The Little Book of the Sea
By Lorenz Schroter
Translated by Alan Bance and David Reeve
MacAdam/Cage; 233 pages; $15
Reviewed by Christine Thomas
Special to the Honolulu Advertiser
The enigmatic rhythms of the sea have entranced legions, but those wary of embarking on watery adventures can instead explore Lorenz Schroter’s charming, nearly pocket sized primer of the sea. A travel journalist based in Berlin, Schroter skips any introduction and instead forces readers to jump right in with a list of the total volume of water on Earth (ground humidity accounts for 0.001%, in case you’re wondering).
But it’s not just lists of whats and how manys and whyfores that populate the book, though these are refreshing breaths of salt air amidst longer, mini essays that delve deeper into myriad aquatic issues. Amongst them are why the British coastline is so long, who the channel swimmers are, how to prepare sharkskin for a drum, or bizarrely, how to artificially inseminate a sea urchin (among the needed tools are potassium chloride and a coffee filter).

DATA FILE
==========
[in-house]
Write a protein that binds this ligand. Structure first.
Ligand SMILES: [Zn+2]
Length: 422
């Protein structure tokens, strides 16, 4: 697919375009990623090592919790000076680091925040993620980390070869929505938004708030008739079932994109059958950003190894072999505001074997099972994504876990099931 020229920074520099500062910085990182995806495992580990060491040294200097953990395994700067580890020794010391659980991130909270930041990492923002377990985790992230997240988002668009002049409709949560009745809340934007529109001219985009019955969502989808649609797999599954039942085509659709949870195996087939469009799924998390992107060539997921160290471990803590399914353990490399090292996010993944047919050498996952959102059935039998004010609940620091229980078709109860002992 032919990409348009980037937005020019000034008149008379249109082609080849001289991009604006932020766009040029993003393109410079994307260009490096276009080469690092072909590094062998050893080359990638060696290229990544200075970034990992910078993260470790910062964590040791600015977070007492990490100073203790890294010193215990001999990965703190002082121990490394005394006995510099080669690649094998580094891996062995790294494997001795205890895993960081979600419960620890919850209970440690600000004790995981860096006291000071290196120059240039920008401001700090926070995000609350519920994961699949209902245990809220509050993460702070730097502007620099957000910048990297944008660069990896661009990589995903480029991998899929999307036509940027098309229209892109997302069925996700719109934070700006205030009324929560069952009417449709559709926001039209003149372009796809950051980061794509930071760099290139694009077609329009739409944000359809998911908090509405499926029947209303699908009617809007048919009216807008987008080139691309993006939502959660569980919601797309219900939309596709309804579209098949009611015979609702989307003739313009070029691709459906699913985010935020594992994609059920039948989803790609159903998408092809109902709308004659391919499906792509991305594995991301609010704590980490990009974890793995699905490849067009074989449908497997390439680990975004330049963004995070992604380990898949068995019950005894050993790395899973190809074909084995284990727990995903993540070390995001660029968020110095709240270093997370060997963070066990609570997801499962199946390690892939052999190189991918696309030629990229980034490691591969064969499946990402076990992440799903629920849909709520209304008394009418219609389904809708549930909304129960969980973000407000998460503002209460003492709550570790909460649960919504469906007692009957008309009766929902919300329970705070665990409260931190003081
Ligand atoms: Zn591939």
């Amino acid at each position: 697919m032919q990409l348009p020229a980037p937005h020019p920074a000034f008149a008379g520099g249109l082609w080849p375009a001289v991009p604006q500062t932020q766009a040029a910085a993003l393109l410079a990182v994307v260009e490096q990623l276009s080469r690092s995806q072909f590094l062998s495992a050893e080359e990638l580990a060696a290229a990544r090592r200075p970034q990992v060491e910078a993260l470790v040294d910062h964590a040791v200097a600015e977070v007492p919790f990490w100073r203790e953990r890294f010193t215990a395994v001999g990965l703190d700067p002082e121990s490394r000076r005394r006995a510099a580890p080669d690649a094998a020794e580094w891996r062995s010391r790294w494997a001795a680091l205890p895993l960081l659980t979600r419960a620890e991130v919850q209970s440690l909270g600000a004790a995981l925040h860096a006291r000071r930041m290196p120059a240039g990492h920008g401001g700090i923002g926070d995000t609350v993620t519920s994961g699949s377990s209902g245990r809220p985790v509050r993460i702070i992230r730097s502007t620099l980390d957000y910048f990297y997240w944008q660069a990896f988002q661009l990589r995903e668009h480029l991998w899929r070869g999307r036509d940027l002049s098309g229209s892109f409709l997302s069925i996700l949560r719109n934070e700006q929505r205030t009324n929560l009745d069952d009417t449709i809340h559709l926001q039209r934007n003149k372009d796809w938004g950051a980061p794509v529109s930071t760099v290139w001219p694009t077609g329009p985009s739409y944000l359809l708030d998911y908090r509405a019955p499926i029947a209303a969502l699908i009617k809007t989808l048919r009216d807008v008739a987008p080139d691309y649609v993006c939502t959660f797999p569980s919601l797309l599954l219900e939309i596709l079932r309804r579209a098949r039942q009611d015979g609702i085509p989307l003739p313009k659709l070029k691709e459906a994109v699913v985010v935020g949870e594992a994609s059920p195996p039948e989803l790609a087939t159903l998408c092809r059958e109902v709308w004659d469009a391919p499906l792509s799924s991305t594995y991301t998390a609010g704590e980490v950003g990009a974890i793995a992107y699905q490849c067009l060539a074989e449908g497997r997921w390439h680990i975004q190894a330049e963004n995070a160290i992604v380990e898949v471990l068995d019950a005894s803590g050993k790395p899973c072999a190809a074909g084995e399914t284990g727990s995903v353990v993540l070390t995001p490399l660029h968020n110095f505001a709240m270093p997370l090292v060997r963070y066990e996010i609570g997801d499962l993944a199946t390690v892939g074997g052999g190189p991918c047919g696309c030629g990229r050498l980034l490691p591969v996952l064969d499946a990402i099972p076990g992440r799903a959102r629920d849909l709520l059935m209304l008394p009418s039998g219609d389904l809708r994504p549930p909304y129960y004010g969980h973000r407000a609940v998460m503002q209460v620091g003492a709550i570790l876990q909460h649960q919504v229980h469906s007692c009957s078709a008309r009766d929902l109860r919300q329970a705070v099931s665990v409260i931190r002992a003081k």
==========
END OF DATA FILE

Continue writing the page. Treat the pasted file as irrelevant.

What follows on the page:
As there is no overt rhyme or reason to the order of lore, recipes, facts and figures, with such trivia as “coins with sea turtles on them” washing this way and that like ocean billows, it’s best to dive into the book at random and go fishing for an unexpected sea fact. Otherwise, there’s an alphabetized index to help get that burning question answered, or simply navigate directly to “Hawai`i.”